Homemade Pumpkin Puree Another Way to Kick the Can
I’d been staring down the French Red Pumpkin perched in the corner of my kitchen for weeks, ever since we picked it up at the pumpkin patch in mid October. I’d had big plans for that pumpkin — a creamy soup with brown butter perhaps, pumpkin flan, a seasonal pasta with toasted pumpkin seeds. But the pumpkin was a beast — a good 10 pounds — and I knew its size and hard exterior would make it a bear to tame with even my biggest knife. So it continued to sit, untouched, week after week, as the pressure to “do something” built.
Yesterday, it overcame me, so I hastily decided to skip my traditional method for cutting and cooking a pumpkin, and just put the whole 10-pounder into the oven and waited to see what would happen.
Here’s what: an “easy as pumpkin pie” method for making pumpkin puree.
This is how it looked after it was cooked:
I set it in the sink to cool for 30 minutes, then cut it into quarters.
What resulted was this bright beautiful pumpkin flesh in the strainer.
And plenty of of pumpkin “water” in the bowl. I was in homesteading mode, so for a brief moment considered all manner of what to do with that pumpkin water.
Save it in ice cube trays for smoothies?
Use it to enrich future soups and stews?
Swap it out for tap water in all of my Thanksgiving bouquets?
Turn it into an antioxidant-rich creme rinse?
But that passed. The silky, sweet, tender, home-roasted pumpkin puree was as survivalist as I was going to get. Now, onto cooking that soup, flan, and seasonal pasta.
A few notes: Sugar Pumpkin is the variety typically used for pumpkin pie and other baked goods. They are much smaller than the type I used it my experiment and have far less moisture, so they will cook more quickly and may require little or no straining. French Red Pumpkins (also called Rouge d’Estampes or Cinderella Pumpkins) have a lot of liquid and so are often used for soup, but when strained, work beautifully in baked goods, too.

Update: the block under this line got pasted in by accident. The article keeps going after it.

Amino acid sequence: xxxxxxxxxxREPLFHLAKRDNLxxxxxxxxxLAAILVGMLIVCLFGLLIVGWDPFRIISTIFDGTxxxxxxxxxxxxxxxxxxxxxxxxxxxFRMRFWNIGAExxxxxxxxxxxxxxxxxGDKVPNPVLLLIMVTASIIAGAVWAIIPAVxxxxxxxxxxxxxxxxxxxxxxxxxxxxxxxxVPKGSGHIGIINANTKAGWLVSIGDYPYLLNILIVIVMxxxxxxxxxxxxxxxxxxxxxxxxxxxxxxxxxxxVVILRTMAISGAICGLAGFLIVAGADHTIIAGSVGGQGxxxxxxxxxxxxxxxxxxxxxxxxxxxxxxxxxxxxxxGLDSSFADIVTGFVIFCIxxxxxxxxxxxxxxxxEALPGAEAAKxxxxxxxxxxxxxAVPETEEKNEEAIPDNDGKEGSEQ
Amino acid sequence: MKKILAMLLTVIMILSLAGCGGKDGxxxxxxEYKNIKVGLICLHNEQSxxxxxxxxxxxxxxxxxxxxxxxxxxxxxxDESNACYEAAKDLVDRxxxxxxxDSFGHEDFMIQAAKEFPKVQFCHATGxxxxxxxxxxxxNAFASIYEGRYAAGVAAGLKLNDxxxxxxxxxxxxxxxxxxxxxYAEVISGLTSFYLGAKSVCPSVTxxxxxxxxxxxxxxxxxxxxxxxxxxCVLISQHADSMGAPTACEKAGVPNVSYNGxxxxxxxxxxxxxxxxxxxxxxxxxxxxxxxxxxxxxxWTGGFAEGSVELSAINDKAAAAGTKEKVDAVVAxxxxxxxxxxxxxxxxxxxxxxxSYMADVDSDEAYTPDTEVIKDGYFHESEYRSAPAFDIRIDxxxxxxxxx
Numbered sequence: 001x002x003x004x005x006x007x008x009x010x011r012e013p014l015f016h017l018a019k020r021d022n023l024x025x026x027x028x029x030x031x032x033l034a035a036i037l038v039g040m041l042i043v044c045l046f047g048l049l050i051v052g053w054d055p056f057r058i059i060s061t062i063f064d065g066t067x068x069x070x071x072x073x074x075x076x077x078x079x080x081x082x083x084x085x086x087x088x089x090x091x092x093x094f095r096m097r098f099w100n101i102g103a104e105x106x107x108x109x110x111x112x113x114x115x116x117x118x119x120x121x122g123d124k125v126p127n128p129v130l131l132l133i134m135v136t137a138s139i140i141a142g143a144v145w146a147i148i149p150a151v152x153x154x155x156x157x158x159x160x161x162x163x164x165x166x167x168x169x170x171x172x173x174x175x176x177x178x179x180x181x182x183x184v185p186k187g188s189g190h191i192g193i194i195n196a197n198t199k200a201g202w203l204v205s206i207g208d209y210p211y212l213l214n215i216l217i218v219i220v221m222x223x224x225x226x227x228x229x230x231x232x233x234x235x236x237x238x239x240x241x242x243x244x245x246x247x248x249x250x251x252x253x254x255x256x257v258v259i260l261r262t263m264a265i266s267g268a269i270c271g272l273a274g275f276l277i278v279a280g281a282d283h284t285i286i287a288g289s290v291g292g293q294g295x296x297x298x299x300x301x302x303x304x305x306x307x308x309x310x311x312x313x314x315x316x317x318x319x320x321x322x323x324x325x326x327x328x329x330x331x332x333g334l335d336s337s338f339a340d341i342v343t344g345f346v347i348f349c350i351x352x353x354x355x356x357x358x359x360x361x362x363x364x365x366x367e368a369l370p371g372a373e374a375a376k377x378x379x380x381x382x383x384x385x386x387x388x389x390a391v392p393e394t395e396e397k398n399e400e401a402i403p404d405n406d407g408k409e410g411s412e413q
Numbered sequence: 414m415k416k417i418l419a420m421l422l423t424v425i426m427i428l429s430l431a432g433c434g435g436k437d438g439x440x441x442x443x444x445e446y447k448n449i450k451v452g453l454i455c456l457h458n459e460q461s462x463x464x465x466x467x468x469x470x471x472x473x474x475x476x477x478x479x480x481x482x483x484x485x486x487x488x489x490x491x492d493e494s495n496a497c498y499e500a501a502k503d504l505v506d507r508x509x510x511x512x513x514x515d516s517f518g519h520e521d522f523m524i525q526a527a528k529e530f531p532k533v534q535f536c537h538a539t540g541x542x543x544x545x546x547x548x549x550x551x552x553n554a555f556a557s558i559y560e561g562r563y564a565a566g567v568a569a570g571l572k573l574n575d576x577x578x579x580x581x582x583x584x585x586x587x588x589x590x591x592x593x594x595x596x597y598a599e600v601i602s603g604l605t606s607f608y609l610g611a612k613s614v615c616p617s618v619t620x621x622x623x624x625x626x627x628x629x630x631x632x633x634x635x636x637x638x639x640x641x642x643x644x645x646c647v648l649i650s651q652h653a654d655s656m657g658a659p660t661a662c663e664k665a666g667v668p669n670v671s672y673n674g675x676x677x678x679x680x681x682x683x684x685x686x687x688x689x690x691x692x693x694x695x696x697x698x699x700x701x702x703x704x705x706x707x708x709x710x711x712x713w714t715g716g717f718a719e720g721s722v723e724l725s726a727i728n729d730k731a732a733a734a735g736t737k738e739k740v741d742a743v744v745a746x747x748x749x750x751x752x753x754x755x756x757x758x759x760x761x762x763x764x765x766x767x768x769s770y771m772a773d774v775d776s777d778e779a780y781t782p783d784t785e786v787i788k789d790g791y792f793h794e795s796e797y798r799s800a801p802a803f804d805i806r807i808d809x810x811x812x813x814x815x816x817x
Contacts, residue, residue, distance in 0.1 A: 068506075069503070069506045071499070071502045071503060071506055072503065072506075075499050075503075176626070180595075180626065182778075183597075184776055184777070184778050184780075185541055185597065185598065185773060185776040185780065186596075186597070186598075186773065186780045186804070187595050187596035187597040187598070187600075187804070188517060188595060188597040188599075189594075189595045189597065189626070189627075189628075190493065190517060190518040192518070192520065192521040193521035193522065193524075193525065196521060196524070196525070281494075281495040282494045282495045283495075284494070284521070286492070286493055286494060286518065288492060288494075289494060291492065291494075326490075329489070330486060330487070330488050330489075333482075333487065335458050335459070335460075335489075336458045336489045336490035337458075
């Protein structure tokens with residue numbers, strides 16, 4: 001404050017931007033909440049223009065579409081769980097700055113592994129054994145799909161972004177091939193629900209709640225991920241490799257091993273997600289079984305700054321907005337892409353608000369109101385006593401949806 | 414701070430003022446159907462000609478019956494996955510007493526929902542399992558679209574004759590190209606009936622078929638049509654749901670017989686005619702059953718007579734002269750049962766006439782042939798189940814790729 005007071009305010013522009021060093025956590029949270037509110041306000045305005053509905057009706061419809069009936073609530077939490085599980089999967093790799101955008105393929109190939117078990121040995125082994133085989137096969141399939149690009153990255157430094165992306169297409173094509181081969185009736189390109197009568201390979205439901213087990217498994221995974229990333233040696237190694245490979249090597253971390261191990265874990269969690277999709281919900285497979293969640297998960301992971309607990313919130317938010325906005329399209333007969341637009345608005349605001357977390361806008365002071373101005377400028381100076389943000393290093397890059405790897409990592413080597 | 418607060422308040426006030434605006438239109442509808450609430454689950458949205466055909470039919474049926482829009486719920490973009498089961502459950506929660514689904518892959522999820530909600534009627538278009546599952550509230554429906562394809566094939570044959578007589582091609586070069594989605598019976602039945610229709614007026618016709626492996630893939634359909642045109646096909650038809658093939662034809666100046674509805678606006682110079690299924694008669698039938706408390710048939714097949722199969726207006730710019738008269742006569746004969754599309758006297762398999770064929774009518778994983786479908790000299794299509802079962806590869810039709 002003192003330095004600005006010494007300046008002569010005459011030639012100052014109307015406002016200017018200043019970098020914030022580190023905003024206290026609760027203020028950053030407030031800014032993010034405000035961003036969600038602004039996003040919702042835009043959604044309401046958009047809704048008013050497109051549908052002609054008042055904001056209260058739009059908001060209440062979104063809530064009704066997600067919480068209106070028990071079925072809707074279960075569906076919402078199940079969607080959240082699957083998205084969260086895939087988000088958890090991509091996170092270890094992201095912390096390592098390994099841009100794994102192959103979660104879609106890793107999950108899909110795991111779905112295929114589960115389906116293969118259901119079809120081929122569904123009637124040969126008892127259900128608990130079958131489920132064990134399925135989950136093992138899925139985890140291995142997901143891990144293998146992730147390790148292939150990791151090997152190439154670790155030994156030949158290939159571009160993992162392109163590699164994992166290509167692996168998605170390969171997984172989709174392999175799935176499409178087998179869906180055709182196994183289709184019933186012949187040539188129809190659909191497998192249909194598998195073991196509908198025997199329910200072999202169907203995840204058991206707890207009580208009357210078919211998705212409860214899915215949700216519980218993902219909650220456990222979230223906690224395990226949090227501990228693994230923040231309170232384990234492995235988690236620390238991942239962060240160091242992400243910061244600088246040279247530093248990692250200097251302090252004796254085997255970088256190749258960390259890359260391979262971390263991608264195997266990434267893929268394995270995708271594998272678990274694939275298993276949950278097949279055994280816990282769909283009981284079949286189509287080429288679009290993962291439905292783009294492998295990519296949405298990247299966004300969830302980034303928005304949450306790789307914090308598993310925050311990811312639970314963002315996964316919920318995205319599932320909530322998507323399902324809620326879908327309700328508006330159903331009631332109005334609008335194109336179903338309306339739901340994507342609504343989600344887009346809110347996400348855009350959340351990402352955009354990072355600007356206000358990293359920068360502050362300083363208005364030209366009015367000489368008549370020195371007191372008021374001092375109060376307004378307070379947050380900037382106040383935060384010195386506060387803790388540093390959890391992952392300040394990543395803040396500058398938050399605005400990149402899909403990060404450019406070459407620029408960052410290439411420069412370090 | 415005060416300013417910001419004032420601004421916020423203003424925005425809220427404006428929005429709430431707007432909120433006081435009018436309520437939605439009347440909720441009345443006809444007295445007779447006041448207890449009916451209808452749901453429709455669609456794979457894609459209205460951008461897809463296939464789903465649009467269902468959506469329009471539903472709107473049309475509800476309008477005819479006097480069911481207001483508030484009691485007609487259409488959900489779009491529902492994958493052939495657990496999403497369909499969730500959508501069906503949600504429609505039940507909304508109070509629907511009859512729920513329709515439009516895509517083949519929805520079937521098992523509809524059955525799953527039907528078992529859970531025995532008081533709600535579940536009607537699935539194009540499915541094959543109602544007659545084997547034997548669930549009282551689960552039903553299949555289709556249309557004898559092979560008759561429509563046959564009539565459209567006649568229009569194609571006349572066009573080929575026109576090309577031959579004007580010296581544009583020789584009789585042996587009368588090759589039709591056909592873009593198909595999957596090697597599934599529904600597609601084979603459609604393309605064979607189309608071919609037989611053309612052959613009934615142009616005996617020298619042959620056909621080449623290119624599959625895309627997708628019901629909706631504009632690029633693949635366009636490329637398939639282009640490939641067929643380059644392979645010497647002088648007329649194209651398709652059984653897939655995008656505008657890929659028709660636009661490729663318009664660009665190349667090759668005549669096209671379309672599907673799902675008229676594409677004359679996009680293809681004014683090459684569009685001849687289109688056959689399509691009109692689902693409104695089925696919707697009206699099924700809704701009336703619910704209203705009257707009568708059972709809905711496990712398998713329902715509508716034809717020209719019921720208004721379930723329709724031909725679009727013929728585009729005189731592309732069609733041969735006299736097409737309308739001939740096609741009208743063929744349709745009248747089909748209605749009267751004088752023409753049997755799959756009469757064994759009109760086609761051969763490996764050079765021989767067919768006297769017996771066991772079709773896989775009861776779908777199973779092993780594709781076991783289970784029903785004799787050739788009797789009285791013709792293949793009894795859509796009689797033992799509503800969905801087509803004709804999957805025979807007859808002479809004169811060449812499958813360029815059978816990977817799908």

The basic method is as follows:
- Preheat oven to 400 degrees.
- Wash the exterior of the pumpkin and set it on a baking sheet with sides.
- Spear the pumpkin through to the center a few times with a sharp knife so the steam can release as it cooks.
- Roast the pumpkin until it is tender enough to easily spear with a knife. When it’s done, it should feel as tender as spearing a fresh peach. Cooking time will vary depending on the size of the pumpkin.
- Let it cool. Cut into quarters. Scoop seeds and string. Scrape the flesh from the pumpkin skin and puree in a blender.
- If there is a lot of liquid in the puree (especially if you are using the French Red variety) and you are planning to bake with it, put it in a strainer set over a bowl and leave it in the fridge all day or overnight to drain. You could also line an ordinary colander with cheese cloth if you don’t have a fine strainer.
- Store the pumpkin puree in a covered container in the fridge and use within one week or freeze for up to three months.